It would have been advisable to watch this double bill of one act operason a full stomach, so frequent were the references to food but in everyother respect this was an extremely satisfying two course affair.
Paul Hindemith wrote The Long Christmas Dinner in 1960, and wasplanning a comedy to complement it but sadly died before having the chanceto finish it.
Happily Lennox Berkeley’s A Dinner Engagement,composed six years earlier, fulfils the role unintentionally buteffortlessly.
Both operas have been recorded recently, with successful interpretationsfrom Marek Janowski and Richard Hickox respectively, but tomy knowledge this is the first time the two have appeared on the samebill.
Whereas Berkeley’s story takes place in real time, just under an hour,Thornton Wilder’s play as set by Hindemith looks at a family over ninetyyears of Christmas dinner in the same house. A bit filling, you mightthink, but the food is merely the supporting act to their development,examining also American social culture. As different heads of the tablecome and go, dispensing ‘the light meat or the dark’ of the Christmasturkey, the family experience both joy and tragedy.
Hindemith’s deftly scored music is perfect for the job, and refutes onceagain any allegations of a lack of emotion in his music, particularly whencharacterised as here by conductor Alexander Ingram. The centralcharacters were excellent, though a special mention should go to PhilipGerrard for a humorous but affecting portrayal of Brandon’s gradualdemise. Bragi Bergtharsson was a confident upstart as Charles, laterbecoming rather world weary and dependent on alcohol, while the soprano ofEmily Rowley Jones made a shrill impact as Leonora later on.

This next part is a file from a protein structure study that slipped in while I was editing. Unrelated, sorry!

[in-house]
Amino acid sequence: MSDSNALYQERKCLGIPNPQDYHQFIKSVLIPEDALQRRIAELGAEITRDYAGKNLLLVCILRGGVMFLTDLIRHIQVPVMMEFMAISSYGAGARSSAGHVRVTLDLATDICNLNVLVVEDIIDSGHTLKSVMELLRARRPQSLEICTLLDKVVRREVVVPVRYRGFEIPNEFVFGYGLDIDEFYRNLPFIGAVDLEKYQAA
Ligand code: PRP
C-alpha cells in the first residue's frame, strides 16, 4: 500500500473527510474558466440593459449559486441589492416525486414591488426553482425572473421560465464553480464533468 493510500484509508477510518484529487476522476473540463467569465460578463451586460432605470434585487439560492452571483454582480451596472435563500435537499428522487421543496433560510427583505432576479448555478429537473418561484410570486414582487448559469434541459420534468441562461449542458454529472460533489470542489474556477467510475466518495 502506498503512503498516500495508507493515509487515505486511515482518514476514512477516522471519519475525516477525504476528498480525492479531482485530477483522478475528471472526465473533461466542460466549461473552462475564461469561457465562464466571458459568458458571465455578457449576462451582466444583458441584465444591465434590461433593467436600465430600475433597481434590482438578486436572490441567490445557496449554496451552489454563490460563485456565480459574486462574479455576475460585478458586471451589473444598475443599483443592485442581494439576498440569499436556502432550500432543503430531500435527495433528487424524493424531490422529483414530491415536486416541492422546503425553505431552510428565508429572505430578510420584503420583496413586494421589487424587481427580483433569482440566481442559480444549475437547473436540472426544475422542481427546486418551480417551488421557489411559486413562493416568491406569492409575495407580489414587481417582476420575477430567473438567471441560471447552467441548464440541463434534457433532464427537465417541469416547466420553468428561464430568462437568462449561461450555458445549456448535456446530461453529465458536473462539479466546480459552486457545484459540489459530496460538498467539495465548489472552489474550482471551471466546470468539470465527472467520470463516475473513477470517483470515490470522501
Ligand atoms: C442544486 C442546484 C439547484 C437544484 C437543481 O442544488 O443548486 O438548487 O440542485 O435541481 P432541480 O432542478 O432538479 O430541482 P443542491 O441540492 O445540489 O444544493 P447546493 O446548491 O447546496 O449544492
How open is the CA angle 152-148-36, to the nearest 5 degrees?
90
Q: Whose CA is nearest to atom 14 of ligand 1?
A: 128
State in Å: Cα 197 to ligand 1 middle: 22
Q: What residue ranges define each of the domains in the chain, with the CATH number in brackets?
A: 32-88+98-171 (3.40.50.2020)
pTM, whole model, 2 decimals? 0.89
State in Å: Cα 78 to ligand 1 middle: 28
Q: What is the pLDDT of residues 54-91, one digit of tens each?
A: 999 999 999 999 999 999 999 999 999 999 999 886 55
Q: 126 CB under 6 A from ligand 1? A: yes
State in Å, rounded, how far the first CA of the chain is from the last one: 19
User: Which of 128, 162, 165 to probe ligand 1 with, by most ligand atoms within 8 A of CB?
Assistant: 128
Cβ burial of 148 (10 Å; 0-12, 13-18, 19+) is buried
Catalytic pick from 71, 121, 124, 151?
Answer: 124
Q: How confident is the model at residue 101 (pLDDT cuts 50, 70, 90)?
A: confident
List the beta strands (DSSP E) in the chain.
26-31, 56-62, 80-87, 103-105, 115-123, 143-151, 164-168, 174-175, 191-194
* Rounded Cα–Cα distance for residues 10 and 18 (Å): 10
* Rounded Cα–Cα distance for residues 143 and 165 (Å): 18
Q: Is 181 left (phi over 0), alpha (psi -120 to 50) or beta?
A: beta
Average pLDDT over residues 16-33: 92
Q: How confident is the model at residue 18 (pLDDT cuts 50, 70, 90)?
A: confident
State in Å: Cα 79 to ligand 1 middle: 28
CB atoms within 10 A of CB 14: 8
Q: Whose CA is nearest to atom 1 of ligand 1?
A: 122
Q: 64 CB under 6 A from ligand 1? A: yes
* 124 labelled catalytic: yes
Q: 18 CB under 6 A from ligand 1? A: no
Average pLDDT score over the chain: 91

The wordless part for Seija Knight‘s Nurse proved to be every bitas dramatic, as she donned white angel wings to deliver the babies down acleverly arranged stairway from heaven, but was also on hand in black tolead the unfortunates away when their time had come.
After a moving finish (with colour emotively in short supply) theDinner Engagement proved far more frivolous, the stage coloured withbright reds and yellows against a chequered, draught board floor.
The libretto for Berkeley’s two scenes doubled as an examination ofsocial barriers, in this case their removal, and proved to be highlyamusing. Marc Scoffoni‘s bumbling Earl of Dunrow had strong supportfrom long suffering Countess Katrina Broderick, putting a brave faceand an exaggeration or two on their standing as an impoverished familywhile they tried to keep their unruly daughter Susan in check (a splendidlyfeisty Milda Smalakyte).
The couple were cooking (or attempting to cook) dinner for distinguishedroyalty, though the ‘help’ they received from stilted Cockney maid MrsKneebone (Chloe De Backer) wasn’t the sort you’d see on ReadySteady Cook!
A string of mishaps put the dinner in danger, and when the royal couplearrived with their designer labels an enjoyable chaos ensued, with thePrince and Susan striking an unexpected but affecting bond. Berkeley’smusic was at times tender and affecting, often humorous, though the scaleddown ensemble occasionally drowned the singers when playing at fullvolume.
All seven characters played out a riotous final scene, augmented byBergthorsson’s irate country bumpkin greengrocer, and the meal was finallyserved, the forks held in mid-air as the story finished, the lightness oftouch perfectly appropriate.
Performances, direction and lighting were all extremely fine, and it wasgood to see two hidden twentieth-century operas dusted down and restored tothe repertory.